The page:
In celebration of the apparent increase in average height of women in Vietnam, Australian coffee brand Gloria Jean launched a promotion offering free coffee to women in the country 1.65 meters (about 5'6") or taller.
Predictably, the campaign, which followed a Vietnamese government campaign advocating official recognition of the increase in average national height, backfired following complaints the effort was offensive. The company has since cancelled the promotion
This guest post is written by Allan Johnson, Content Strategist at Sharethrough, a native video advertising company. Prior to Allan's time at Sharethrough, he was Director of Custom Content at Universal McCann.
Brand video content is no longer the playground for innovators and early adopters. Brands like GoPro have been built from scratch on video content, while others like Hot Wheels have been revitalized. A President, who made liberal use of video content, has been re-elected, and charities the world over have used poignant videos to activate volunteerism and increase contributions for causes ranging from clean water to marriage equality. As more successes pile up, more brands will produce video content to achieve their marketing goals.
Here's a bit of hilarity to brighten your day. Well, that is if you work in an ad agency. Sorry, clients, this time the joke is on you. But give it time. No doubt there is plenty to say about those agency primadonnas.
Central Desktop has put together an infographic highlighting the eight types of agency clients. From The Intruder to The Arsonist to The Ghost to The Henchman, all the stereotypes are covered.
Click here to see the infographic.
Almost ten years ago, Beyonce first appeared it what was, by far, one of the hottest Pepsi commercials ever to air. OK, that may be a bit of an over exaggeration but not to the gas station attendant whose jaw dropped when he watched Beyonce in all her bootyliciousness walk from her car to a Pepsi machine as Crazy in Love played.
Now, ten years later, Pepsi is, again, working with the star in a $50 million deal that will include a new "Live for Now" commercial as well as promotional appearances, her likeness on limited edition cans and a Creative Development Fund that will support Beyonce's various creative endeavors.
A couple weeks ago , I was briefed on a new company called OneSpot. Headed by venture capitalist and former head of interactive at the Houston Chronicle, Matt Cohen, the new company transforms existing content into ads that look more like content than ads.
After the briefing, I said the offering was "the perfect marriage of content marketing with the power and infrastructure of advertising." Yes, I really said that and yes, that quote is front and center on the OneSpot website which launches today.
Recently, so much has been written about content marketing which, as part of inbound marketing, is all about making sure the right information is in the right place when people come looking for it. But, people don't always know what to look for and they don't always know which available products and services could benefit them. Hence, the need for outbound marketing.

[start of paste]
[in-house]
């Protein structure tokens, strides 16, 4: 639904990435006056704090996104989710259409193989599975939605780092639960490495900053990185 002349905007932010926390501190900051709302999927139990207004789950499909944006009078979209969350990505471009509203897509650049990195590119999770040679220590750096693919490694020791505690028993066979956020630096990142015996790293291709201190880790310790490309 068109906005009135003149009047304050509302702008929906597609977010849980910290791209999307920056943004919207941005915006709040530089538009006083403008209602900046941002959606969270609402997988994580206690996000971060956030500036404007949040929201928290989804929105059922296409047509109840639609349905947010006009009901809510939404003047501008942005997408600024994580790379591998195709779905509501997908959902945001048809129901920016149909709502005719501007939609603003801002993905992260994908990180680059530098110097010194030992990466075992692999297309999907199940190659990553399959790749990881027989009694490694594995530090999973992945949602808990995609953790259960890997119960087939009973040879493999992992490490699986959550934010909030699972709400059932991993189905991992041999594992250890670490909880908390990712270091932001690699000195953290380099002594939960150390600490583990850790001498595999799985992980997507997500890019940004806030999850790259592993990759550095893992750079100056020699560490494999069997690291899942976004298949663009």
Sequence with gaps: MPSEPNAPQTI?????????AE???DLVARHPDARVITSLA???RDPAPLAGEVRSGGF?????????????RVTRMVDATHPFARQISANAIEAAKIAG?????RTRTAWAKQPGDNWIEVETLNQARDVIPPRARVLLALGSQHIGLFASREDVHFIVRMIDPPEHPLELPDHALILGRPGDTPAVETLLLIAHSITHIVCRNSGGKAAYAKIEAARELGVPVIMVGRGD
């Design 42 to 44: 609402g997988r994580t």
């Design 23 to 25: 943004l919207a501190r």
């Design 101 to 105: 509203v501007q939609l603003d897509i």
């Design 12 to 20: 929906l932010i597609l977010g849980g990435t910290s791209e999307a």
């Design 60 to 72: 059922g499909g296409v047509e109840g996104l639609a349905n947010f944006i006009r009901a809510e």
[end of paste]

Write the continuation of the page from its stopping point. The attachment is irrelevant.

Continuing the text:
Some people love to cuddle. Others, not so much. Axe, the brand that's all about how its super smelly nature is irresistible to women, has come up with a solution for the problem it has created.
With help from DDB Latina Puerto Rico, Axe is introducing the Morning After Pillow, a device that will allow men to slip out of bed while their woman still gets to cuddle.
Axe. Always looking out for guy's needs.
With a campaign that touches upon the various forms of love and diverse family life, Gap is out with work that features Michael J, Fox and Tracy Pollan, musician Rufus Wainright and artist Jorn Weisbrodt, rapper Nas and his dad, the Atomics, Gia Coppola and Nathalie Love and others.
Created by Minneapolis-based Peterson Mills Hooks, the work aims to tout the brand's "love comes in every shade" campaign. The colorful and upbeat delivery is decidedly more low key and less in your face than, perhaps, Bennetton might approach the topic but that's Gap; non-controversial clothing for everyone.
Back in September we shared a story about health provider Health Net which used fake tweets to promote its services. We called the work "a juvenile marketing move and yet another example of testimonials gone wrong."
Now, the brand is doing a bit of back peddling presenting us with what they claim to be the real people behind the Twitter accounts they used in the campaign. The move is laughable as the accounts - NonStopMom2, HealthNut_2 and Biz_Guy1 - have just one or two tweets, all of which read "Thank you for your interest, learn more here" with a link that points to three "testimonials" from the "owners" of these Twitter accounts.
In Japan, Honda is marketing a pink Fit called Honda Fit She's (apostrophe is a heart) that promises to prevent wrinkles with its "plasmacluster" AC system. Of course, this gender specific stuff still works great in Japan where, apparently, they aren't so hung up on the fact that men are men and women are women.
Going for "adult cute," it would seem Honda might want to team with Bic and co-marketing their Bic For Her pen along with the car.
While it's common for global brands to be given certain leeway in terms of how they represent the brand in individual countries, its less common for one country to publicly comment on what another country chooses to do. But that's exactly what Sony UK did in response to an ad Sony France ran that featured a woman with four breasts and the headline, "Touch both sides. Twice the sensations."